Schneider S. M., Petrova T., Becker U. (eds.), Pension Maps: Visualising the Institutional Structure of Old Age Security in Europe. Munich: MPISOC, 2021.
The British Old Age Security System in 2020
By Christian Günther, Max Planck Institute for Social Law and Social Policy
Although haphazard pension arrangements for civil servants had existed in the United Kingdom since at least the late 17th century, it was not until the 1908 Old Age Pension Act that a national pension system was put onto a statutory footing. This provided a means-tested pension to those over the age of 70 and constituted an important element in a package of social reforms that laid the foundations for the British welfare state. Since that time, the pension system has been overhauled multiple times – most notably in 1946 – and the New State Pension regime, which came into effect in 2016 pursuant to the Pensions Act 2014, marked the culmination of the latest slew of reforms.1 Although this introduced substantial changes, the following three elements of the post-war pension system have remained largely intact: First, a state pension that provides a modest flat-rate income to most pensioners, requiring them to have made sufficient National Insurance contributions (NICs) during their working life. This is intended to offer pensioners a basic level of protection. Second, various incentivising strategies for the adoption of occupational and personal pension arrangements, which supplement the basic state-provided pension to cumulatively grant a ‘standard’ level of protection in old age. In particular, this ‘standard protection’ is intended to be ensured through occupational pension schemes for those in public or private employment and through personal pension schemes for those in self-employment. Personal pension schemes that are additional to such employment-related schemes are envisioned to be ‘top-ups’ of this standard protection. The third and final element is a means-tested ‘Pension Credit’ that seeks to provide a ‘minimum’ income to those who have insufficient state or private arrangements for this purpose.2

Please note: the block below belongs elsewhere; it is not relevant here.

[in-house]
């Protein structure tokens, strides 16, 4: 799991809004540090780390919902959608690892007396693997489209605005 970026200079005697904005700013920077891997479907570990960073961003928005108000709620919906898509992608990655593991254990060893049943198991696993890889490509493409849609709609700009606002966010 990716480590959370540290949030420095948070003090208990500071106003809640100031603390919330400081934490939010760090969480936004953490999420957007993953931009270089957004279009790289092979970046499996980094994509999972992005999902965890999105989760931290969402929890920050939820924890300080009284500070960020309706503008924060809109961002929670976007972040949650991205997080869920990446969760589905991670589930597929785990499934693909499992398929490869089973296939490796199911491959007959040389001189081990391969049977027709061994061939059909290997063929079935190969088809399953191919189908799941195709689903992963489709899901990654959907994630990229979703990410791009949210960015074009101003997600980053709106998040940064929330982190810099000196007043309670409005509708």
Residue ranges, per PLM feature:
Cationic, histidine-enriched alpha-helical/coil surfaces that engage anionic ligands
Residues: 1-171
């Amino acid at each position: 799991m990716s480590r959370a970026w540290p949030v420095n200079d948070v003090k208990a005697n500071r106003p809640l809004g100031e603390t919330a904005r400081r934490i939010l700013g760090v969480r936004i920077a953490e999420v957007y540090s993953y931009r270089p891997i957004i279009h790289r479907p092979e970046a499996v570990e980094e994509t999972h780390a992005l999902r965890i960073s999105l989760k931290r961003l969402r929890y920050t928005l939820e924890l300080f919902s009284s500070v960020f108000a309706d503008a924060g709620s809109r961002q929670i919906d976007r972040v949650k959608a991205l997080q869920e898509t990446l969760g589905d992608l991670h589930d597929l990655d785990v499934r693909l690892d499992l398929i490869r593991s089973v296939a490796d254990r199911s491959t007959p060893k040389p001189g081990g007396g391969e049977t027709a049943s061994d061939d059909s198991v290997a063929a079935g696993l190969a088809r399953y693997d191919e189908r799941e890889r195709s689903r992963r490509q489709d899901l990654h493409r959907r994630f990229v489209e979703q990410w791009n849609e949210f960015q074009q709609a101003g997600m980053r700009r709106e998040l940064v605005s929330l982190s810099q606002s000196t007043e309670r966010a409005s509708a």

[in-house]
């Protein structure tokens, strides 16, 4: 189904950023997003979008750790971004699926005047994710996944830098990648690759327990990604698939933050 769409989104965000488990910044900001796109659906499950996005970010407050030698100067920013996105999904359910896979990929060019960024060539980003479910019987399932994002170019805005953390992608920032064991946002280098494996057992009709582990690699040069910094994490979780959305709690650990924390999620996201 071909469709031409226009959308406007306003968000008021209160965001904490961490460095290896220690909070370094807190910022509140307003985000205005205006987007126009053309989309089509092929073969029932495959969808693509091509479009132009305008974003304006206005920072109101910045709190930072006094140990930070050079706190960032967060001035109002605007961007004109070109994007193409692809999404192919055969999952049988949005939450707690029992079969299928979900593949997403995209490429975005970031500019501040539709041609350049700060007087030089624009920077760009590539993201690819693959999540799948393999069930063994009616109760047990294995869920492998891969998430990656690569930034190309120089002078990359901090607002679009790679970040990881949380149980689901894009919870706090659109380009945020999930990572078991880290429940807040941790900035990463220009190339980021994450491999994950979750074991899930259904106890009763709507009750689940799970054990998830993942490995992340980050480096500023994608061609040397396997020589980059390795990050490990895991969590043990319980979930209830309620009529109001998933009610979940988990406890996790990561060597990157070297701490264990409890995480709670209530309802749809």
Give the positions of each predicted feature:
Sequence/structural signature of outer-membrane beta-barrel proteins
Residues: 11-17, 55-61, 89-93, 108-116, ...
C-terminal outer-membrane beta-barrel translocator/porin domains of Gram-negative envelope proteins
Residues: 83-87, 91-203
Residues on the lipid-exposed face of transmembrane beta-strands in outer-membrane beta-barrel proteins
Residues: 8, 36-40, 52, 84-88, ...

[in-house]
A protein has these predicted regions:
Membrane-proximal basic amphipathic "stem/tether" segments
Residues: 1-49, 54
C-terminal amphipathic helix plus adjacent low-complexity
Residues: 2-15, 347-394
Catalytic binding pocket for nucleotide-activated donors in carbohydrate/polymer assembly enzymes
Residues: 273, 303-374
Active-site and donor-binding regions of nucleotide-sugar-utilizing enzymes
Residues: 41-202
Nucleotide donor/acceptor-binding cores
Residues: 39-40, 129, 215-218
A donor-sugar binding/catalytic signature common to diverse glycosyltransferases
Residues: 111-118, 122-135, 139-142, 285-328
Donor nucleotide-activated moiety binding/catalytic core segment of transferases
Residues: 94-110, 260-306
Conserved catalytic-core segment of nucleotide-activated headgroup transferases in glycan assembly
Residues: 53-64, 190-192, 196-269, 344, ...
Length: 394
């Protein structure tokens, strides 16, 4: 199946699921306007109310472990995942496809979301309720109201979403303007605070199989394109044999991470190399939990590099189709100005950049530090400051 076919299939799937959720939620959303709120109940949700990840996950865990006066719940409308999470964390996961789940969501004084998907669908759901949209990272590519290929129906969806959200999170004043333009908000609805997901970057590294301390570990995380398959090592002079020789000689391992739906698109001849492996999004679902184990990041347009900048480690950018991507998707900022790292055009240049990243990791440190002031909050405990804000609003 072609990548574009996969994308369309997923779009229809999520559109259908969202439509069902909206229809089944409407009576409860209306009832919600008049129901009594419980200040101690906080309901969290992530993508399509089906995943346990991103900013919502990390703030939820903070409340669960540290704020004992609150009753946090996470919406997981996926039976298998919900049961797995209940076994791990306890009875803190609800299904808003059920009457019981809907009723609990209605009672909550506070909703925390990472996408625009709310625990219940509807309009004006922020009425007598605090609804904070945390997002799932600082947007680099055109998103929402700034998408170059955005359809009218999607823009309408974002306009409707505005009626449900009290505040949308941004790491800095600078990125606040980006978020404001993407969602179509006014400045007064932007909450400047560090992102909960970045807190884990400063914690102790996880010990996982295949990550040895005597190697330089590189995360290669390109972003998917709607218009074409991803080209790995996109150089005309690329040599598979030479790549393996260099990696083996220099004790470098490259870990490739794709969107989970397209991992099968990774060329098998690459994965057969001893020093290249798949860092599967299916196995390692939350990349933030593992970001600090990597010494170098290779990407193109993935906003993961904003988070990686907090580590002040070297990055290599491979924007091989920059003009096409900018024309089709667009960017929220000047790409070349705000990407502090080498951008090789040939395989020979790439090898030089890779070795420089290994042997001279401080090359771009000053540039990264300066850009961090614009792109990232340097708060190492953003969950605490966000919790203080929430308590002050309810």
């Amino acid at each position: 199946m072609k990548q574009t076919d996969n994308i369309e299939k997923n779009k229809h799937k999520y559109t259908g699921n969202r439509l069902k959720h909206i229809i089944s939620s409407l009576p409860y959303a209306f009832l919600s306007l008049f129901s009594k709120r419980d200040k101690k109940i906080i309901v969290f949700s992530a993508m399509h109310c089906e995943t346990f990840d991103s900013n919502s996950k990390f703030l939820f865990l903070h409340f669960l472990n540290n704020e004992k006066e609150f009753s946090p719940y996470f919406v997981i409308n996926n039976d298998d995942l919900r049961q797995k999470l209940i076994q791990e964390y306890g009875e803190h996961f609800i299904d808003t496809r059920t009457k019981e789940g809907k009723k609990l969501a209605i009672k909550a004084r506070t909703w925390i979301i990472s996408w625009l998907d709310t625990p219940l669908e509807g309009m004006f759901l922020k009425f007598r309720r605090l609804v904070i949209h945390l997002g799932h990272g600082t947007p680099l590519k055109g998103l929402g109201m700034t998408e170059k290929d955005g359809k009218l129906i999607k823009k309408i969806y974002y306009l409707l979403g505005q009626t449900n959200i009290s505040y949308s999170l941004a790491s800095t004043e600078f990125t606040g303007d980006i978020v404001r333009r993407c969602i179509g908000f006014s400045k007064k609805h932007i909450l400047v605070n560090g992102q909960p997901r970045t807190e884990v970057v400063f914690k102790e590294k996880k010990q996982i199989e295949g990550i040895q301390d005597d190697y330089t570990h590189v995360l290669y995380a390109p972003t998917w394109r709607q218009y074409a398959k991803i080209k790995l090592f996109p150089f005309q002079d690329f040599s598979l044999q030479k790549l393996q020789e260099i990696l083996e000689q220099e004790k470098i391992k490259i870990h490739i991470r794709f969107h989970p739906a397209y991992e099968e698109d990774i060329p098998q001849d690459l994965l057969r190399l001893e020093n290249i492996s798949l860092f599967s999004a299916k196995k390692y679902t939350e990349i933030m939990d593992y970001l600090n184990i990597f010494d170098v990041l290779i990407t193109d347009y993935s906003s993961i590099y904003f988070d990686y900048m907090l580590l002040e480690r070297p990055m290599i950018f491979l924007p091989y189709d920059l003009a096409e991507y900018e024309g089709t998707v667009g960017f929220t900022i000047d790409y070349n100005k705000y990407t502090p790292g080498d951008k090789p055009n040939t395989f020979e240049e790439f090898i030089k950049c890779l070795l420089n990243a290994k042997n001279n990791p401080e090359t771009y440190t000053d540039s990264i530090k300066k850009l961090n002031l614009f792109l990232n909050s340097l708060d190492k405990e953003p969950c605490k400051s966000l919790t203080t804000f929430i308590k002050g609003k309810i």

Standard Protection in Old Age
The first aspect of standard old age protection in Great Britain is the ‘New State Pension’, as laid down in the Pensions Act 2014, which is applicable to those reaching state pension age on or after 6 April 2016. In principle, it is open to anyone who reaches state pension age and has made, or is deemed to have made, sufficient NIC contributions for at least 10 years. The main features of this scheme are the following two: First, it is still funded entirely by NICs, and the ultimate flat-rate benefit for which an individual is eligible is dependent upon the number (but not the size) of yearly contributions that they have made throughout their working life, i.e. from the age of 16 to the state pension age. Individuals will be eligible for the full flat-rate pension if they have made contributions for at least 35 years. This flat rate is proportionally reduced for each year of contributions that falls below this 35-year threshold but is still above the 10-year minimum. Second, making NICs is mandatory for those in employment and those who are self-employed, so long as they have reached a certain age and are earning over a certain threshold amount. However, it is also possible to be credited with having made relevant NICs in a variety of circumstances and to make voluntary contributions where one’s record has gaps.